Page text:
Last updated:-
7 September, 2011

IC Engines 

Internal Combustion engines (IC Engines),

These types of engines are not so popular amongst model engineers as are stationary steam engines and locomotives for example.
So why do we make them?
Maybe to power a model - boats, aircraft, land vehicles, even locomotives.
Maybe as a challenge, to prove that we can actually make something that works.
Maybe just as a change from other projects.
Possibly a combination of all.

In general, IC engines require rather more accurate work in order to get them working well than do steam engines. The sense of achievement when one bursts into life for the first time is wonderful. Of course once that initial euphoria is over, the detail adjustments and modifications needed to get it running really well can be quite time consuming and even disheartening. But the next one will be better, won't it!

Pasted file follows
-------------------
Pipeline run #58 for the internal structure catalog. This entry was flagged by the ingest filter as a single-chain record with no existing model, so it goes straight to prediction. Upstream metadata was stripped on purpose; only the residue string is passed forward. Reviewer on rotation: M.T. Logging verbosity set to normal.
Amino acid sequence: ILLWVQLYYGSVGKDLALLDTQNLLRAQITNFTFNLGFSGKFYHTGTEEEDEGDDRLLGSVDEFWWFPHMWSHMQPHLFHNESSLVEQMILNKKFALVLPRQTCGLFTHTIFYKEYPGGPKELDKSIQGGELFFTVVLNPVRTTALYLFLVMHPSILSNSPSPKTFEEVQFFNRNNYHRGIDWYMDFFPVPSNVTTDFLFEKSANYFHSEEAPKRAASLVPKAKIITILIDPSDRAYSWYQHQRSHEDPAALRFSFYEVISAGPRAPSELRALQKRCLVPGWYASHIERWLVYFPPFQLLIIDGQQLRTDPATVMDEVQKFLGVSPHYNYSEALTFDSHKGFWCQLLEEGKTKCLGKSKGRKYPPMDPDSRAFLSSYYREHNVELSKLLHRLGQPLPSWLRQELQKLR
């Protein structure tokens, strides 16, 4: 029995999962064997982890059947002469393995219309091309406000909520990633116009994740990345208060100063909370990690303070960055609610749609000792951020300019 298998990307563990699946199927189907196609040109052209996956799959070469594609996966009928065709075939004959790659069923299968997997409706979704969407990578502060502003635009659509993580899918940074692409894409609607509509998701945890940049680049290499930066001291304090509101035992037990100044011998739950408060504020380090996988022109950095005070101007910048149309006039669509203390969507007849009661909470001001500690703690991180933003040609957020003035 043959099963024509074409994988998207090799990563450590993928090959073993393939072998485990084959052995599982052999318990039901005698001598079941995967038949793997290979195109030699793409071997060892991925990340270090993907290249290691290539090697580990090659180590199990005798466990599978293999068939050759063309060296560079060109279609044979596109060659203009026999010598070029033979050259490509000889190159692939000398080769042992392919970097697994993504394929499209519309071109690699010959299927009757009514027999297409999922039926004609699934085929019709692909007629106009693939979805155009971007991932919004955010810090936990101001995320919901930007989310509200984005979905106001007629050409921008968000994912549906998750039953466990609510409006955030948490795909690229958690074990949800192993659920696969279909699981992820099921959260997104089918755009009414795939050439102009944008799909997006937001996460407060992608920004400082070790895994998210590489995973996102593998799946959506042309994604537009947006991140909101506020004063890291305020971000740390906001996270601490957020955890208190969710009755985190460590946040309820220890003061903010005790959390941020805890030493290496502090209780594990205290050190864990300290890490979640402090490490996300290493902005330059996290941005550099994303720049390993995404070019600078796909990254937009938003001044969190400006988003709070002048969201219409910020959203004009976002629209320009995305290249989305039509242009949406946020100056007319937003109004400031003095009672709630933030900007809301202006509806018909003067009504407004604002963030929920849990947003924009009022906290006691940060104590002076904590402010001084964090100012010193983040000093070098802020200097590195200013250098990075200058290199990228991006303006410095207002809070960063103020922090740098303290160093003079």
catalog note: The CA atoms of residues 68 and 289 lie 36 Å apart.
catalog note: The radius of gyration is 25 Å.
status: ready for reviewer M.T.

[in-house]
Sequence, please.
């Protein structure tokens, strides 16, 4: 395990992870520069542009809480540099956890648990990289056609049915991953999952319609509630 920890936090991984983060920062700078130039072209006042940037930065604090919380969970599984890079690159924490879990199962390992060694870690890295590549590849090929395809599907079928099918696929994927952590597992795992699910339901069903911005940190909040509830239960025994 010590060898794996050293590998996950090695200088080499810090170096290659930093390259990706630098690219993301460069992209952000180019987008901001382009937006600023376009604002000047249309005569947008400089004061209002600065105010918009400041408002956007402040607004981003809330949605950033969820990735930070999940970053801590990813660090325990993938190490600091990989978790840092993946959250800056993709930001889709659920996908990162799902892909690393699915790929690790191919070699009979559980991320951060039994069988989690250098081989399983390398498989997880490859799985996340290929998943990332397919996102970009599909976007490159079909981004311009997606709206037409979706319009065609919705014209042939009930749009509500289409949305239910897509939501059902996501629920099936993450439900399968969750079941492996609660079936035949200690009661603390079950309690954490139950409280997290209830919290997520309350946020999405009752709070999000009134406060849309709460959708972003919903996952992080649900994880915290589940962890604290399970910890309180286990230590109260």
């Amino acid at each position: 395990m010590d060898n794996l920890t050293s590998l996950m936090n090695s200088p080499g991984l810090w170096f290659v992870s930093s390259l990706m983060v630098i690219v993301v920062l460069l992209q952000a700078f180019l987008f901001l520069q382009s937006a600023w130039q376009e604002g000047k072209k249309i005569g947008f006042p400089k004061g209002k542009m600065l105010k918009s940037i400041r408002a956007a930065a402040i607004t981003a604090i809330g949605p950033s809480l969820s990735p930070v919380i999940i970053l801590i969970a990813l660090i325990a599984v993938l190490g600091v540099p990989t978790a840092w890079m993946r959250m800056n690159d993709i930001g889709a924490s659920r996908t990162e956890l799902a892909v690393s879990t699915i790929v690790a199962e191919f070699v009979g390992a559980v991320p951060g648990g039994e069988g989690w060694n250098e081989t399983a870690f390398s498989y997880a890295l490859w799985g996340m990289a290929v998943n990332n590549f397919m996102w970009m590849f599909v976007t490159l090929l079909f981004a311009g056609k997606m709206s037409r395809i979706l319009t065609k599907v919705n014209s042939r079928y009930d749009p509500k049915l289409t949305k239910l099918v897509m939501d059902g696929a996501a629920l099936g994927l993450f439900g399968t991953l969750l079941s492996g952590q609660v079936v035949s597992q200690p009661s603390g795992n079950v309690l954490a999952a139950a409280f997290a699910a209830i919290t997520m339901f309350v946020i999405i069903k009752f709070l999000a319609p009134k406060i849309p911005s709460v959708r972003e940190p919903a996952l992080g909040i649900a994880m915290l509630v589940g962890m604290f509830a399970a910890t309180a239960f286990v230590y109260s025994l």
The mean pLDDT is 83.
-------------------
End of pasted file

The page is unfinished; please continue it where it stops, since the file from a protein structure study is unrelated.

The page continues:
All sorts are made - from simple single cylinder aero engines to complex scale models.

Some folk like to design their own engines but rather more go for established designs - these have been available from the 1930's. Some are intended to be built using castings whilst others are designed to be machined from the solid.

One of the most prolific designers was Edgar Westbury who wrote for the Model Engineer magazine from the 1930's until the 60's during which time he produced over 30 IC engine designs all of them requiring castings which at that time were readily available. These days, the drawings are still available, but castings are commercially available for only 7 or 8 of the more popular designs.